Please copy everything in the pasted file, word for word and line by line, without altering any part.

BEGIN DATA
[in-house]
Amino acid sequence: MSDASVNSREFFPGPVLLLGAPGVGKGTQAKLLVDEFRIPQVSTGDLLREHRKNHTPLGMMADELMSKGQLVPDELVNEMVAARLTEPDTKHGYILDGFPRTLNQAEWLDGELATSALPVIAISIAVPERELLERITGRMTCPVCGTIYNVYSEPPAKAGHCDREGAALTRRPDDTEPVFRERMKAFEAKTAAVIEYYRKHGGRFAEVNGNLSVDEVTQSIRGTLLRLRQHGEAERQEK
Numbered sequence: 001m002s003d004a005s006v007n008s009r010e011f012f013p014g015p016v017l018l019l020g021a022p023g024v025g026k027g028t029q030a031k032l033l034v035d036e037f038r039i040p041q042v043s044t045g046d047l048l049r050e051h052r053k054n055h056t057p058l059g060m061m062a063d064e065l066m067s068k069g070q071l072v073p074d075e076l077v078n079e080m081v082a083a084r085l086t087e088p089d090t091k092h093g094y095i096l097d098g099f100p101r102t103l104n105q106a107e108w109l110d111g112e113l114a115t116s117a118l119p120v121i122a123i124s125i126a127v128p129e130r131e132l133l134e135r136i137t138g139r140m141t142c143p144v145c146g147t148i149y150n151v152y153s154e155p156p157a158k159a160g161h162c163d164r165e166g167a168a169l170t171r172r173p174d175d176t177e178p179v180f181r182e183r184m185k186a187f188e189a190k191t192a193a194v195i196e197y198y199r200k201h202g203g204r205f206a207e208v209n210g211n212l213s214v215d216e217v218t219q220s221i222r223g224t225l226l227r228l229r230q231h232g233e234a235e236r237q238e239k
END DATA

[in-house]
Amino acid sequence: MSDASVNSREFFPGPVLLLGAPGVGKGTQAKLLVDEFRIPQVSTGDLLREHRKNHTPLGMMADELMSKGQLVPDELVNEMVAARLTEPDTKHGYILDGFPRTLNQAEWLDGELATSALPVIAISIAVPERELLERITGRMTCPVCGTIYNVYSEPPAKAGHCDREGAALTRRPDDTEPVFRERMKAFEAKTAAVIEYYRKHGGRFAEVNGNLSVDEVTQSIRGTLLRLRQHGEAERQEK
Numbered sequence: 001m002s003d004a005s006v007n008s009r010e011f012f013p014g015p016v017l018l019l020g021a022p023g024v025g026k027g028t029q030a031k032l033l034v035d036e037f038r039i040p041q042v043s044t045g046d047l048l049r050e051h052r053k054n055h056t057p058l059g060m061m062a063d064e065l066m067s068k069g070q071l072v073p074d075e076l077v078n079e080m081v082a083a084r085l086t087e088p089d090t091k092h093g094y095i096l097d098g099f100p101r102t103l104n105q106a107e108w109l110d111g112e113l114a115t116s117a118l119p120v121i122a123i124s125i126a127v128p129e130r131e132l133l134e135r136i137t138g139r140m141t142c143p144v145c146g147t148i149y150n151v152y153s154e155p156p157a158k159a160g161h162c163d164r165e166g167a168a169l170t171r172r173p174d175d176t177e178p179v180f181r182e183r184m185k186a187f188e189a190k191t192a193a194v195i196e197y198y199r200k201h202g203g204r205f206a207e208v209n210g211n212l213s214v215d216e217v218t219q220s221i222r223g224t225l226l227r228l229r230q231h232g233e234a235e236r237q238e239k